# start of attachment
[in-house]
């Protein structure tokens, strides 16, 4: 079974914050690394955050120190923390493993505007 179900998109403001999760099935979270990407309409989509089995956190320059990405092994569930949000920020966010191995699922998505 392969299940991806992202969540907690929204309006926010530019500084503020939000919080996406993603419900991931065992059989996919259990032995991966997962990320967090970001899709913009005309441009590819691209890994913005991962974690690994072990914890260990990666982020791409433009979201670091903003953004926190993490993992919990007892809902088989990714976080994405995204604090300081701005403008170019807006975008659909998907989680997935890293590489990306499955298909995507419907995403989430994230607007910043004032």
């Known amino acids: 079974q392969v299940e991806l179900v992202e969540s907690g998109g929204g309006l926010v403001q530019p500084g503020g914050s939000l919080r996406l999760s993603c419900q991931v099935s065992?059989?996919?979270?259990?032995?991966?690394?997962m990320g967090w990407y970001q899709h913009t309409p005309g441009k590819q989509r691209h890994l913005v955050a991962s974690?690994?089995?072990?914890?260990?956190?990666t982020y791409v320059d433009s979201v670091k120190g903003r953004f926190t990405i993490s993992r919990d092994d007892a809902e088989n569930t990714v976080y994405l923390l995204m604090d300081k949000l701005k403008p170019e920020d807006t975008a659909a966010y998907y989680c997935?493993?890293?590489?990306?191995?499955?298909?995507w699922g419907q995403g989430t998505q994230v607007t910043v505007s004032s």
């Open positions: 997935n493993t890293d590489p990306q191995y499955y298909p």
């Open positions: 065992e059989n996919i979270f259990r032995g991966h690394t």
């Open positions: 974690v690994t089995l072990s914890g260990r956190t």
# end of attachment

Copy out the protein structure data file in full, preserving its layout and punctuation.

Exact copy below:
[in-house]
């Protein structure tokens, strides 16, 4: 079974914050690394955050120190923390493993505007 179900998109403001999760099935979270990407309409989509089995956190320059990405092994569930949000920020966010191995699922998505 392969299940991806992202969540907690929204309006926010530019500084503020939000919080996406993603419900991931065992059989996919259990032995991966997962990320967090970001899709913009005309441009590819691209890994913005991962974690690994072990914890260990990666982020791409433009979201670091903003953004926190993490993992919990007892809902088989990714976080994405995204604090300081701005403008170019807006975008659909998907989680997935890293590489990306499955298909995507419907995403989430994230607007910043004032």
């Known amino acids: 079974q392969v299940e991806l179900v992202e969540s907690g998109g929204g309006l926010v403001q530019p500084g503020g914050s939000l919080r996406l999760s993603c419900q991931v099935s065992?059989?996919?979270?259990?032995?991966?690394?997962m990320g967090w990407y970001q899709h913009t309409p005309g441009k590819q989509r691209h890994l913005v955050a991962s974690?690994?089995?072990?914890?260990?956190?990666t982020y791409v320059d433009s979201v670091k120190g903003r953004f926190t990405i993490s993992r919990d092994d007892a809902e088989n569930t990714v976080y994405l923390l995204m604090d300081k949000l701005k403008p170019e920020d807006t975008a659909a966010y998907y989680c997935?493993?890293?590489?990306?191995?499955?298909?995507w699922g419907q995403g989430t998505q994230v607007t910043v505007s004032s």
């Open positions: 997935n493993t890293d590489p990306q191995y499955y298909p």
């Open positions: 065992e059989n996919i979270f259990r032995g991966h690394t």
């Open positions: 974690v690994t089995l072990s914890g260990r956190t």